Thursday, July 18, 2013

Life in Dakar, Senegal and the Condition of French West Africa, Early 21st Century: More Reflections by Pilot & Author Patrick Smith

Sunrise from the Pullman Teranga hotel in Dakar with Goree Island in the distance. This photo came from Patrick Smith's Flickr site (see link below). Direct link here. (I'm a little confused here since I thought the Sun sets over the Atlantic as seen from Dakar, but maybe it's a harbored coastline of some sort.)


This entry contains extended excerpts of a second piece that pilot and author Patrick Smith wrote in January 2012 in Salon that I have wanted to relate.

To explain, in an entry earlier this week, I discussed why I have stopped going to the site even though there are some writers there -- including Patrick Smith -- that I really like. In Smith's case, he appears no longer to write for the site but still has his site

In that entry, I excerpted sections of another Jan. 2012 Salon piece discussing the "sinewy splinter of grass and dunes" known as Sable Island off the coast of Nova Scotia.

This entry contains some excerpts of his piece Out of Africa, which reflects on how bad things have gotten in Senegal and other parts of French West Africa, where he has visited as a pilot numerous times. He also has lots of pictures on his Flickr "Globe Trodden" pages. I have included some pictures from that site and others that I found (with captions added).

Also, I totally relate to the part about the hilarity of the name "Upper Volta" -- the former name of Burkina Faso -- to myself as a 7th grader back in the early 1980s. My childhood best friend Jonathan and I laughed at that name at the Jersey shore in Sea Bright circa 1982.

Young children in Burkina Faso.

A woman holding a baby pours seeds on the arid ground in Burkina Faso.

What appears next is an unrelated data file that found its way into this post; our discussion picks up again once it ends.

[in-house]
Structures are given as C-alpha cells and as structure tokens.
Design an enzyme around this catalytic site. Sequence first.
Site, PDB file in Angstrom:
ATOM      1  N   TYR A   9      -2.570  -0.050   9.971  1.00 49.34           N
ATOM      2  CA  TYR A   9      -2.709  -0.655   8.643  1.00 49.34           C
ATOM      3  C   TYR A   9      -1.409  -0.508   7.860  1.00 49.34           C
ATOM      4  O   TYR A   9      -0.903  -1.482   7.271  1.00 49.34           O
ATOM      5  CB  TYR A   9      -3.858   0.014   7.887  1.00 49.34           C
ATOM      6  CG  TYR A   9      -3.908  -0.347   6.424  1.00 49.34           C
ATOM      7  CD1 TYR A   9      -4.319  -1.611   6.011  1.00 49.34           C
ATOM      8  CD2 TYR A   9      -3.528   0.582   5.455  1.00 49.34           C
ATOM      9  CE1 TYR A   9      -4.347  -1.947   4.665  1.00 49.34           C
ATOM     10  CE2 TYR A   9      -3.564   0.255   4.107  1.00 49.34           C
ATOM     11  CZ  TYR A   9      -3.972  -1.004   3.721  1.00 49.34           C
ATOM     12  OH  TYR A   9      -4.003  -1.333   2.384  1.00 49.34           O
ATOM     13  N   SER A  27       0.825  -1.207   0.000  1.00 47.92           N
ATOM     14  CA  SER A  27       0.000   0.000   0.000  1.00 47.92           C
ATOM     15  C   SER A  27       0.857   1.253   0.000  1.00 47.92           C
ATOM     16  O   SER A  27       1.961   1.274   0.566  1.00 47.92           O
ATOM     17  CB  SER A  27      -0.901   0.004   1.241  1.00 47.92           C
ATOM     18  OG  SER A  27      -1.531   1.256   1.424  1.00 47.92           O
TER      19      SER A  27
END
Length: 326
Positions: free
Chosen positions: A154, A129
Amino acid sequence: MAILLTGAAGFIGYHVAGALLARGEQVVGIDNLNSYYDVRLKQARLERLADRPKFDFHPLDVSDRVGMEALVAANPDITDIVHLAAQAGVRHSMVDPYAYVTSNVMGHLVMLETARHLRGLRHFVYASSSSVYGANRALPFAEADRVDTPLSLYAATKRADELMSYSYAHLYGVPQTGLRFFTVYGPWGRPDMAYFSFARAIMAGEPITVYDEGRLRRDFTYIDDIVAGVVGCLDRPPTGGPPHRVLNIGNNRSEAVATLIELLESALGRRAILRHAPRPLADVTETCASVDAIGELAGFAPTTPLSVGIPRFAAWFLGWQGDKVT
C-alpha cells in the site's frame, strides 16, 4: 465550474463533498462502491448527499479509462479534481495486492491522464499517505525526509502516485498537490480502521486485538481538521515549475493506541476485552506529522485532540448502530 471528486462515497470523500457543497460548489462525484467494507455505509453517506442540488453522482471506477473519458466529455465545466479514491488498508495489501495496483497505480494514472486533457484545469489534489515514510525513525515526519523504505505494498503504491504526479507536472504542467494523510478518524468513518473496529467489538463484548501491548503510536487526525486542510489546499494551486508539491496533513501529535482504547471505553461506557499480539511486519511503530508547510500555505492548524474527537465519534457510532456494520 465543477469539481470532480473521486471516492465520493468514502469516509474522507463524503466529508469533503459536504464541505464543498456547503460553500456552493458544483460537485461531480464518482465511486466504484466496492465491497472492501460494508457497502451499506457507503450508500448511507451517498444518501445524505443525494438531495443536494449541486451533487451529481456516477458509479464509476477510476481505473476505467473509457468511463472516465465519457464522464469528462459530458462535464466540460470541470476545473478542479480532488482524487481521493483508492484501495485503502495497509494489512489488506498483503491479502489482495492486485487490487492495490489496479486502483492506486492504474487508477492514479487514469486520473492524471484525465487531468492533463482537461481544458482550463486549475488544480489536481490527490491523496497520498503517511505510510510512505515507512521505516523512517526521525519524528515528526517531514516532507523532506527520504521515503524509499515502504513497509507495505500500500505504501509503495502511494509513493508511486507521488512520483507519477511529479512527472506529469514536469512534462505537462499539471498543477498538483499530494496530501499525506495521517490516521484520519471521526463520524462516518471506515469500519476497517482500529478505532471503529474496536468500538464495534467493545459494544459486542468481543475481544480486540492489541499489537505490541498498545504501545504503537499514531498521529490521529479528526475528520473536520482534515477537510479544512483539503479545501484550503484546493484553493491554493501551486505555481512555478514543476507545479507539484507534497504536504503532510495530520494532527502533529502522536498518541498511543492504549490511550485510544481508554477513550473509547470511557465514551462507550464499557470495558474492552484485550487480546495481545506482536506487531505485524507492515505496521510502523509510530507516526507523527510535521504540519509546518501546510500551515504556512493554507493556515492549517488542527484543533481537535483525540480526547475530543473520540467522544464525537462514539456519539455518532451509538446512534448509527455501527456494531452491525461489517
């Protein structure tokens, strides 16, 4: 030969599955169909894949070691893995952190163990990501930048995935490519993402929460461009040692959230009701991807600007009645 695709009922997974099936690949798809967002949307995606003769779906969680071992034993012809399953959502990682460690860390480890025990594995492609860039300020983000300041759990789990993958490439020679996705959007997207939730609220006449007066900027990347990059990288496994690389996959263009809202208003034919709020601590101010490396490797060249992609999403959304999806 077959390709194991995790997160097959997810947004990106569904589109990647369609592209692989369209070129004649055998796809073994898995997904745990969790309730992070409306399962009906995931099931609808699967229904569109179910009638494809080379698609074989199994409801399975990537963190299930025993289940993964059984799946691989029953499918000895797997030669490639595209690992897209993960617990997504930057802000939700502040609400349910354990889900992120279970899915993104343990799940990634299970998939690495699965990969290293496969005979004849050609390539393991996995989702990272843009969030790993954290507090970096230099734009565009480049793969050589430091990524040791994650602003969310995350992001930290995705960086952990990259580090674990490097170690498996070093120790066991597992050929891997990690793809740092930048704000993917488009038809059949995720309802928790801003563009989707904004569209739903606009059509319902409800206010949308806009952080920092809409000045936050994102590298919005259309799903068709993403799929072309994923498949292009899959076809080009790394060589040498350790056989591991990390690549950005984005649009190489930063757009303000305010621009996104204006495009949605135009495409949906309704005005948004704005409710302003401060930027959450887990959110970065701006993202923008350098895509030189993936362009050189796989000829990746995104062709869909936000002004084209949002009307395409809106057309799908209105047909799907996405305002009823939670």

Anyway, without further ado ...

Out of Africa
I love the flight into Dakar, but in Senegal I see how the world is falling to pieces, right in front of me

by Patrick Smith

(Direct link -- cut and paste the link if you want to go there.)

Part 1: Dakar, Senegal

Americans will pronounce it hypercorrectly, with the "a" sound too shortened. "D'Car." Sort of the way they say "Khaaan" instead of "Can" when referring to that certain city in France.

The Senegalese say it more forcefully and flatter, both syllables equally stressed: "Dackkar."

Graffiti on a wall in Dakar, Senegal in 2008. (This image appeared in the Salon article.)


There used to be graffiti here, scratched out in what looked like charcoal, on a concrete wall behind the Pullman Hotel. "OBAMA, BIDEN," it said. "THE NEW WORLD BILDERS [sic]" You can see it above.

This was just before the election in 2008, when so much of the world, it seemed, was looking at America with a renewed sense of optimism and expectation. "Hope" was the big word, if I remember right.

That fever has passed. And the graffiti is gone now, blotted away with gray paint ...

Aerial view of Dakar and its harbor.


I enjoy the flight into Dakar. The way the Cap Vert peninsula appears on the radar screen, perfectly contoured like some great rocky fish hook -- the western-most tip of the continent, and the sense of arrival and discovery it evokes. There it is! Africa!

Another aerial view of the coastline along Dakar, Senegal


And in the evenings, the raptors, hundreds at a time in immense black flocks, spiraling over the concrete high-rises.

Yet it's also true that the more time I’ve spent in Senegal, the less I’ve come to like it. The country has a way of beating you down, sucking your faith away. The heat, the garbage, the pickpockets and hustlers.

Everybody hitting you up for something. Nobody smiling.